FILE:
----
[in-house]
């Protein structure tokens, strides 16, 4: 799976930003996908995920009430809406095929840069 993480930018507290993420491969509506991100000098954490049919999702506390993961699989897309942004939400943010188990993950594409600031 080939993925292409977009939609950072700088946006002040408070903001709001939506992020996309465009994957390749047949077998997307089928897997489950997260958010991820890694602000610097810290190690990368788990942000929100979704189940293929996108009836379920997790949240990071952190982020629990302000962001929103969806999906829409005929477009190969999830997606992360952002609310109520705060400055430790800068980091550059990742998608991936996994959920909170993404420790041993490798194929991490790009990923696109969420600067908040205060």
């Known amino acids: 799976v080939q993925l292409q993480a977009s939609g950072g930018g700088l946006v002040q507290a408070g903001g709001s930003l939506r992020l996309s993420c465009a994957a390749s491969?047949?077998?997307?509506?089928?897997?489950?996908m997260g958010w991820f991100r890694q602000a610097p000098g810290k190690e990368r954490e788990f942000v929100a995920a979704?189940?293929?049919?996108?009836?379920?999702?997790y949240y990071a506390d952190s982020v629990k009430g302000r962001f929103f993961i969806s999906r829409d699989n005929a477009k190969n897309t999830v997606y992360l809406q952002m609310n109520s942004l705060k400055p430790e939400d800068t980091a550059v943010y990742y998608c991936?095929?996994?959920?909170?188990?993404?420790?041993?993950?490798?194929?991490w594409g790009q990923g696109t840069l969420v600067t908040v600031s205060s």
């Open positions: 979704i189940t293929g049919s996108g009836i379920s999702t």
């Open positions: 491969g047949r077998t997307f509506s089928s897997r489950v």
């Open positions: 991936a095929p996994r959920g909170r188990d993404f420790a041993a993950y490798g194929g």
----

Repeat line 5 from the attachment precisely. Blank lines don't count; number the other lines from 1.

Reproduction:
């Open positions: 491969g047949r077998t997307f509506s089928s897997r489950v």